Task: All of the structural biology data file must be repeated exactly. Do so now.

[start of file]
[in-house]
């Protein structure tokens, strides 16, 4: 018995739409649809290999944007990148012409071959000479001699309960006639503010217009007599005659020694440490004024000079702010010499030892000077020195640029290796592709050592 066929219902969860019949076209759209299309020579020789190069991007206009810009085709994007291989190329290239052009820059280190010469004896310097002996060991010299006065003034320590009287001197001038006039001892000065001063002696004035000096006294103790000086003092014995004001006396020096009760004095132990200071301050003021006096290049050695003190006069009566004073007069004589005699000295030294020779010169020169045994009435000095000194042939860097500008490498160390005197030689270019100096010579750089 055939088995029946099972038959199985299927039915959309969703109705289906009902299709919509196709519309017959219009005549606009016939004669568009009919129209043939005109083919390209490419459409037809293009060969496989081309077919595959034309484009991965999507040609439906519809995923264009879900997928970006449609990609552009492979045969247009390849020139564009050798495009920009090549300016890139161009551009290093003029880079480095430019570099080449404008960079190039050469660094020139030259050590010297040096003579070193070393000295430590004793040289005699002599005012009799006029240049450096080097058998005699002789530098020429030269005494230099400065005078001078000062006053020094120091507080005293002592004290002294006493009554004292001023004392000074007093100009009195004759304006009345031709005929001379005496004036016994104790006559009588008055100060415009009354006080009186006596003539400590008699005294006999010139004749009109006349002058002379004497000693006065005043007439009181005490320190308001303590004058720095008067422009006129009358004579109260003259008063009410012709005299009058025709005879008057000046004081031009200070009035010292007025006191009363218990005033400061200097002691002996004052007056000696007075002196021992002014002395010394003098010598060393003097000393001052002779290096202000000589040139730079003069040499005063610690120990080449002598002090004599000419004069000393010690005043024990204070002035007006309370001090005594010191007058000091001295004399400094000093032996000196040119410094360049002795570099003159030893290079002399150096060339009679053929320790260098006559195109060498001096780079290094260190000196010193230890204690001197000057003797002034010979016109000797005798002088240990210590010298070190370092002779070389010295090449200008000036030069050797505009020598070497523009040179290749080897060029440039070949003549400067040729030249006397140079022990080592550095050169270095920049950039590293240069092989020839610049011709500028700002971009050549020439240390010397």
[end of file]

[in-house]
């Protein structure tokens, strides 16, 4: 018995739409649809290999944007990148012409071959000479001699309960006639503010217009007599005659020694440490004024000079702010010499030892000077020195640029290796592709050592 066929219902969860019949076209759209299309020579020789190069991007206009810009085709994007291989190329290239052009820059280190010469004896310097002996060991010299006065003034320590009287001197001038006039001892000065001063002696004035000096006294103790000086003092014995004001006396020096009760004095132990200071301050003021006096290049050695003190006069009566004073007069004589005699000295030294020779010169020169045994009435000095000194042939860097500008490498160390005197030689270019100096010579750089 055939088995029946099972038959199985299927039915959309969703109705289906009902299709919509196709519309017959219009005549606009016939004669568009009919129209043939005109083919390209490419459409037809293009060969496989081309077919595959034309484009991965999507040609439906519809995923264009879900997928970006449609990609552009492979045969247009390849020139564009050798495009920009090549300016890139161009551009290093003029880079480095430019570099080449404008960079190039050469660094020139030259050590010297040096003579070193070393000295430590004793040289005699002599005012009799006029240049450096080097058998005699002789530098020429030269005494230099400065005078001078000062006053020094120091507080005293002592004290002294006493009554004292001023004392000074007093100009009195004759304006009345031709005929001379005496004036016994104790006559009588008055100060415009009354006080009186006596003539400590008699005294006999010139004749009109006349002058002379004497000693006065005043007439009181005490320190308001303590004058720095008067422009006129009358004579109260003259008063009410012709005299009058025709005879008057000046004081031009200070009035010292007025006191009363218990005033400061200097002691002996004052007056000696007075002196021992002014002395010394003098010598060393003097000393001052002779290096202000000589040139730079003069040499005063610690120990080449002598002090004599000419004069000393010690005043024990204070002035007006309370001090005594010191007058000091001295004399400094000093032996000196040119410094360049002795570099003159030893290079002399150096060339009679053929320790260098006559195109060498001096780079290094260190000196010193230890204690001197000057003797002034010979016109000797005798002088240990210590010298070190370092002779070389010295090449200008000036030069050797505009020598070497523009040179290749080897060029440039070949003549400067040729030249006397140079022990080592550095050169270095920049950039590293240069092989020839610049011709500028700002971009050549020439240390010397």